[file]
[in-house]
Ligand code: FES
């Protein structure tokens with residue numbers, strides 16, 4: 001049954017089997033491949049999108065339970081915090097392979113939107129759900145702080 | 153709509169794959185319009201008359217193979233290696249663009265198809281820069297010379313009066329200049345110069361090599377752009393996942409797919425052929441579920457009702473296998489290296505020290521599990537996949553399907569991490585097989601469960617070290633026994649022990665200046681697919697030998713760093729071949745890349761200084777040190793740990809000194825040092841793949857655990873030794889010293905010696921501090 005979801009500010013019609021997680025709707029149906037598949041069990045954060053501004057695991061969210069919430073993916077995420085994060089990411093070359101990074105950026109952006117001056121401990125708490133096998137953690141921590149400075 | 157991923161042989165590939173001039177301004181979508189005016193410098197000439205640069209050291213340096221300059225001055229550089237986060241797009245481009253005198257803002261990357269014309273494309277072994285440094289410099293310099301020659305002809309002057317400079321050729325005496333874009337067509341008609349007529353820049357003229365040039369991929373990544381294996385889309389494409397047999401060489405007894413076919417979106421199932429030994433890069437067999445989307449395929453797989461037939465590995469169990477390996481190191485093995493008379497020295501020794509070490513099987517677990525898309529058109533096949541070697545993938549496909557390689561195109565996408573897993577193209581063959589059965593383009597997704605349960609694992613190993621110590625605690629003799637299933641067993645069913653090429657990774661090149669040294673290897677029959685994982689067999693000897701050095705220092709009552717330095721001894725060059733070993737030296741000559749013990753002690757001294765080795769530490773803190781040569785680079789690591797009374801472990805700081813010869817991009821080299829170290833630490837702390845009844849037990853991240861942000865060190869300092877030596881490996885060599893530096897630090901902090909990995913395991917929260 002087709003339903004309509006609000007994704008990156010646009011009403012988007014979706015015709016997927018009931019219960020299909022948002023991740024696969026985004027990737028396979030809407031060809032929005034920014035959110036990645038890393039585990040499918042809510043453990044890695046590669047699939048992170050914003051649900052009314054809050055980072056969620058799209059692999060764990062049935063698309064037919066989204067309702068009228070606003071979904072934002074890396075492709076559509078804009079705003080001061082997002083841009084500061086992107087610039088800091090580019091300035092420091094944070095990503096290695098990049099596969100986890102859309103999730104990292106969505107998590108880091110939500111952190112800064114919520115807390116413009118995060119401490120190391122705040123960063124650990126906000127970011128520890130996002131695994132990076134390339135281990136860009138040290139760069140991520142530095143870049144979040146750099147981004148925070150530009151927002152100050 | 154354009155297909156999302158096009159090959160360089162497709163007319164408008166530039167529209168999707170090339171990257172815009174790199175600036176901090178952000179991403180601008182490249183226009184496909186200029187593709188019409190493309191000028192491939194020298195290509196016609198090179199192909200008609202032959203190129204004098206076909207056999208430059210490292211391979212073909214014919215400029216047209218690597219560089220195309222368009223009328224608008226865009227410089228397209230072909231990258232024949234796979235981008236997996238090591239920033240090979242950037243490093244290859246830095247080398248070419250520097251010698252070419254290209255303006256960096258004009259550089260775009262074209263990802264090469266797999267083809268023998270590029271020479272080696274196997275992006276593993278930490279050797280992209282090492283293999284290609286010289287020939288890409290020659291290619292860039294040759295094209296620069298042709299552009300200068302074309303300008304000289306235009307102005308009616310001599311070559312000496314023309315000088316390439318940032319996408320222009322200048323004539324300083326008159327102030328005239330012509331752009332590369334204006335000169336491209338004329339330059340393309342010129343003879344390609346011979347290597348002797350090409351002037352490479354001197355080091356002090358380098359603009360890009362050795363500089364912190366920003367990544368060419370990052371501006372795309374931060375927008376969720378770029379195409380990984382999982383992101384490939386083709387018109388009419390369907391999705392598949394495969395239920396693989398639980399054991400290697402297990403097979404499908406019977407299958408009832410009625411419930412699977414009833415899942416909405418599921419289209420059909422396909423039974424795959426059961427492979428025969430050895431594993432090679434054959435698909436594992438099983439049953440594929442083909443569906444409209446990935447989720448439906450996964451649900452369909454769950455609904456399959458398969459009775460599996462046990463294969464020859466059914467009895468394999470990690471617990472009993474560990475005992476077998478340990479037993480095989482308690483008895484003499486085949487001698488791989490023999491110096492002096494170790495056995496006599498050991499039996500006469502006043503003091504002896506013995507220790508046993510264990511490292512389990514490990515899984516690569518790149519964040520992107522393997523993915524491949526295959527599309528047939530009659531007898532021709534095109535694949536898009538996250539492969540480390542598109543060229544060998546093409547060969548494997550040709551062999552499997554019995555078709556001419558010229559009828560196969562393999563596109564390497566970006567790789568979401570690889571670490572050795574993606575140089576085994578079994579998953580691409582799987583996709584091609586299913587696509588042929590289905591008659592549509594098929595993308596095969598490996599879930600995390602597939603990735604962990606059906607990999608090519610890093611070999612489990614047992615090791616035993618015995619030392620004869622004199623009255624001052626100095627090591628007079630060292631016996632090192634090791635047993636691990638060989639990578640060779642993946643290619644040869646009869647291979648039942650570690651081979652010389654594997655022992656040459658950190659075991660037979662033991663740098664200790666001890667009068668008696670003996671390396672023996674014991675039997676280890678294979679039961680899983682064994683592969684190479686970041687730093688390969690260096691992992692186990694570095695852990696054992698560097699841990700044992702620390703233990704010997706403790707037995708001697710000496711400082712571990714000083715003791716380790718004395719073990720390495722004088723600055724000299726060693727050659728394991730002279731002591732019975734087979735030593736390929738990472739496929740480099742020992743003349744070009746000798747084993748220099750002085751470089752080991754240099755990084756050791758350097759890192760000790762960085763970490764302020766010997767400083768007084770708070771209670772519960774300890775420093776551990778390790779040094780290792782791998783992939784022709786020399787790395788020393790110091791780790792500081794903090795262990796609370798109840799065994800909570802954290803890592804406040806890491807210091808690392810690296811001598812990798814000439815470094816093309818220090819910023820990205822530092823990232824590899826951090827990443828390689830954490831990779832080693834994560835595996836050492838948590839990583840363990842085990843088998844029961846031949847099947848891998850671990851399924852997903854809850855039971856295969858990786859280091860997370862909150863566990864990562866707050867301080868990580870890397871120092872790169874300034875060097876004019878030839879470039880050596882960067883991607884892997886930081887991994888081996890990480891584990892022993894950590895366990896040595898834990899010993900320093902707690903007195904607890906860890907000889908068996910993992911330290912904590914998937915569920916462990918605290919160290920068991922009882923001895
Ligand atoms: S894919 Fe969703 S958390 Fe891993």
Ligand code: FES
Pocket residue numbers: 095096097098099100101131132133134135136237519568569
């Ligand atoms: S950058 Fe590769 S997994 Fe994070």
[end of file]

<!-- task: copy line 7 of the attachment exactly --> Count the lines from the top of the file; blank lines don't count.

């Ligand atoms: S950058 Fe590769 S997994 Fe994070």